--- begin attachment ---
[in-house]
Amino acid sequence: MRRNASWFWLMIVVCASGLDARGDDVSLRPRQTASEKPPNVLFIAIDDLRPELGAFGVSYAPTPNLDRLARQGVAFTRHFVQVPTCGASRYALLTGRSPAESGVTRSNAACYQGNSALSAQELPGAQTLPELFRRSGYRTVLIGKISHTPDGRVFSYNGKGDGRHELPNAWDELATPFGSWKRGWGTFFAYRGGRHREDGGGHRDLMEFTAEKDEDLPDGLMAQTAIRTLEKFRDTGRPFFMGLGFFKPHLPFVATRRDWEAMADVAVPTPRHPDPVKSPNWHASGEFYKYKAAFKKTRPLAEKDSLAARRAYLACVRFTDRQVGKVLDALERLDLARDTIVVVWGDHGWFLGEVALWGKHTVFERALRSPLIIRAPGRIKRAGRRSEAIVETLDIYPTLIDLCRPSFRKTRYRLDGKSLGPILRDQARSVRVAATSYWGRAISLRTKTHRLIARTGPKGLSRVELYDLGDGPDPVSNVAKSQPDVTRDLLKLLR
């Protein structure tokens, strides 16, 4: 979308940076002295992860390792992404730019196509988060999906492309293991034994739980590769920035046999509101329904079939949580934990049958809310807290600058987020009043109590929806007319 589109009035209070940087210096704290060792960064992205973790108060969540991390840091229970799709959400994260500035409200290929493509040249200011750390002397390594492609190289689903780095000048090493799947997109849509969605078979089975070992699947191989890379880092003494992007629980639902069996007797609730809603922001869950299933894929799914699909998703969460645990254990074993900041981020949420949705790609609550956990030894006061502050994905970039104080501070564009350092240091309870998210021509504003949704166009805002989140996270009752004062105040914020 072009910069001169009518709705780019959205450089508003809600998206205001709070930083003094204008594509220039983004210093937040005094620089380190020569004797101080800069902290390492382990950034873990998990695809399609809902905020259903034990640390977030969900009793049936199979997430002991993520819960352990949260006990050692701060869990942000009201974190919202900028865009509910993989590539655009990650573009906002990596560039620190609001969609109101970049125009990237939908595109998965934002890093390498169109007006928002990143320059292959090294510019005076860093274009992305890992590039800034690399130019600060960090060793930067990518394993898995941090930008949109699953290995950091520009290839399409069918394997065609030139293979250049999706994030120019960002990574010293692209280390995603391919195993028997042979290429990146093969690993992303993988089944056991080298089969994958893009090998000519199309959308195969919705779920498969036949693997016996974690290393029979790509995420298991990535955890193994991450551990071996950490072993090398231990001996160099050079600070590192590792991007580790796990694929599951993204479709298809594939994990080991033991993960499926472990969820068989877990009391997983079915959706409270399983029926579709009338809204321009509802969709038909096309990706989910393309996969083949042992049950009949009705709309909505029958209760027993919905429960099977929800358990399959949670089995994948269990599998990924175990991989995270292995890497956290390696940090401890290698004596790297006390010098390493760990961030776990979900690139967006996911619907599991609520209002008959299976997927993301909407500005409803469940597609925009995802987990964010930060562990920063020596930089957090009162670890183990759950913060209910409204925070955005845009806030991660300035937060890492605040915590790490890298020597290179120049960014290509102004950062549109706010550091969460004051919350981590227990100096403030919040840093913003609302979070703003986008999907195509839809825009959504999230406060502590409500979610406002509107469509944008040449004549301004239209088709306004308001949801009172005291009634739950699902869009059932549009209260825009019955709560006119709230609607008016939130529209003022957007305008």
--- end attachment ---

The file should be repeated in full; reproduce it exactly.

[in-house]
Amino acid sequence: MRRNASWFWLMIVVCASGLDARGDDVSLRPRQTASEKPPNVLFIAIDDLRPELGAFGVSYAPTPNLDRLARQGVAFTRHFVQVPTCGASRYALLTGRSPAESGVTRSNAACYQGNSALSAQELPGAQTLPELFRRSGYRTVLIGKISHTPDGRVFSYNGKGDGRHELPNAWDELATPFGSWKRGWGTFFAYRGGRHREDGGGHRDLMEFTAEKDEDLPDGLMAQTAIRTLEKFRDTGRPFFMGLGFFKPHLPFVATRRDWEAMADVAVPTPRHPDPVKSPNWHASGEFYKYKAAFKKTRPLAEKDSLAARRAYLACVRFTDRQVGKVLDALERLDLARDTIVVVWGDHGWFLGEVALWGKHTVFERALRSPLIIRAPGRIKRAGRRSEAIVETLDIYPTLIDLCRPSFRKTRYRLDGKSLGPILRDQARSVRVAATSYWGRAISLRTKTHRLIARTGPKGLSRVELYDLGDGPDPVSNVAKSQPDVTRDLLKLLR
């Protein structure tokens, strides 16, 4: 979308940076002295992860390792992404730019196509988060999906492309293991034994739980590769920035046999509101329904079939949580934990049958809310807290600058987020009043109590929806007319 589109009035209070940087210096704290060792960064992205973790108060969540991390840091229970799709959400994260500035409200290929493509040249200011750390002397390594492609190289689903780095000048090493799947997109849509969605078979089975070992699947191989890379880092003494992007629980639902069996007797609730809603922001869950299933894929799914699909998703969460645990254990074993900041981020949420949705790609609550956990030894006061502050994905970039104080501070564009350092240091309870998210021509504003949704166009805002989140996270009752004062105040914020 072009910069001169009518709705780019959205450089508003809600998206205001709070930083003094204008594509220039983004210093937040005094620089380190020569004797101080800069902290390492382990950034873990998990695809399609809902905020259903034990640390977030969900009793049936199979997430002991993520819960352990949260006990050692701060869990942000009201974190919202900028865009509910993989590539655009990650573009906002990596560039620190609001969609109101970049125009990237939908595109998965934002890093390498169109007006928002990143320059292959090294510019005076860093274009992305890992590039800034690399130019600060960090060793930067990518394993898995941090930008949109699953290995950091520009290839399409069918394997065609030139293979250049999706994030120019960002990574010293692209280390995603391919195993028997042979290429990146093969690993992303993988089944056991080298089969994958893009090998000519199309959308195969919705779920498969036949693997016996974690290393029979790509995420298991990535955890193994991450551990071996950490072993090398231990001996160099050079600070590192590792991007580790796990694929599951993204479709298809594939994990080991033991993960499926472990969820068989877990009391997983079915959706409270399983029926579709009338809204321009509802969709038909096309990706989910393309996969083949042992049950009949009705709309909505029958209760027993919905429960099977929800358990399959949670089995994948269990599998990924175990991989995270292995890497956290390696940090401890290698004596790297006390010098390493760990961030776990979900690139967006996911619907599991609520209002008959299976997927993301909407500005409803469940597609925009995802987990964010930060562990920063020596930089957090009162670890183990759950913060209910409204925070955005845009806030991660300035937060890492605040915590790490890298020597290179120049960014290509102004950062549109706010550091969460004051919350981590227990100096403030919040840093913003609302979070703003986008999907195509839809825009959504999230406060502590409500979610406002509107469509944008040449004549301004239209088709306004308001949801009172005291009634739950699902869009059932549009209260825009019955709560006119709230609607008016939130529209003022957007305008």